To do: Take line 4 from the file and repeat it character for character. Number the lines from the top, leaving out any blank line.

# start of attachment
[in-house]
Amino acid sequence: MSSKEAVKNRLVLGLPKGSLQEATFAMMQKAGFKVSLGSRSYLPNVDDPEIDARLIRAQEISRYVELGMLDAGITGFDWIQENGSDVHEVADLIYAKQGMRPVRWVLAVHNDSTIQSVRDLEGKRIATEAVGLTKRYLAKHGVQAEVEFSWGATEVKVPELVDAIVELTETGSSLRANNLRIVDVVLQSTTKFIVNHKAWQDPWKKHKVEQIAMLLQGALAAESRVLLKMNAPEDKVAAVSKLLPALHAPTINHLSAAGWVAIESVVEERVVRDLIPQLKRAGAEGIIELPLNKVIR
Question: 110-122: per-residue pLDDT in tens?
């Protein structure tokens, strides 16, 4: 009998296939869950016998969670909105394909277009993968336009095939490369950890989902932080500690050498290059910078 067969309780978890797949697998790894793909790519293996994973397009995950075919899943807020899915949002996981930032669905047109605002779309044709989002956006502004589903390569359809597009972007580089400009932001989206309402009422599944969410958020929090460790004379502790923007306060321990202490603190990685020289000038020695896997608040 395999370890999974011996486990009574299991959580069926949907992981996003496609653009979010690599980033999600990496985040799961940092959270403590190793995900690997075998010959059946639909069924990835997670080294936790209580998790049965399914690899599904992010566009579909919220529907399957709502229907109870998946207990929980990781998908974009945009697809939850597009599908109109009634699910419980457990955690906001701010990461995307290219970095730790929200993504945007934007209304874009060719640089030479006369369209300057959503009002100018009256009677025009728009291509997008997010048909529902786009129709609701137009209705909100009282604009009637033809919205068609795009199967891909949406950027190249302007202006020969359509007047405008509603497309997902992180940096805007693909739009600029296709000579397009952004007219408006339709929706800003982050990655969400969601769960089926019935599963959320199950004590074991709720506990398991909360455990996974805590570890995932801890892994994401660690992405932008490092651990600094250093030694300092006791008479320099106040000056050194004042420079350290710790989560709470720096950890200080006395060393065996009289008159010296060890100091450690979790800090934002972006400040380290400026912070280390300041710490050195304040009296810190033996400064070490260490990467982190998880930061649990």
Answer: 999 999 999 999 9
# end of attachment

């Protein structure tokens, strides 16, 4: 009998296939869950016998969670909105394909277009993968336009095939490369950890989902932080500690050498290059910078 067969309780978890797949697998790894793909790519293996994973397009995950075919899943807020899915949002996981930032669905047109605002779309044709989002956006502004589903390569359809597009972007580089400009932001989206309402009422599944969410958020929090460790004379502790923007306060321990202490603190990685020289000038020695896997608040 395999370890999974011996486990009574299991959580069926949907992981996003496609653009979010690599980033999600990496985040799961940092959270403590190793995900690997075998010959059946639909069924990835997670080294936790209580998790049965399914690899599904992010566009579909919220529907399957709502229907109870998946207990929980990781998908974009945009697809939850597009599908109109009634699910419980457990955690906001701010990461995307290219970095730790929200993504945007934007209304874009060719640089030479006369369209300057959503009002100018009256009677025009728009291509997008997010048909529902786009129709609701137009209705909100009282604009009637033809919205068609795009199967891909949406950027190249302007202006020969359509007047405008509603497309997902992180940096805007693909739009600029296709000579397009952004007219408006339709929706800003982050990655969400969601769960089926019935599963959320199950004590074991709720506990398991909360455990996974805590570890995932801890892994994401660690992405932008490092651990600094250093030694300092006791008479320099106040000056050194004042420079350290710790989560709470720096950890200080006395060393065996009289008159010296060890100091450690979790800090934002972006400040380290400026912070280390300041710490050195304040009296810190033996400064070490260490990467982190998880930061649990």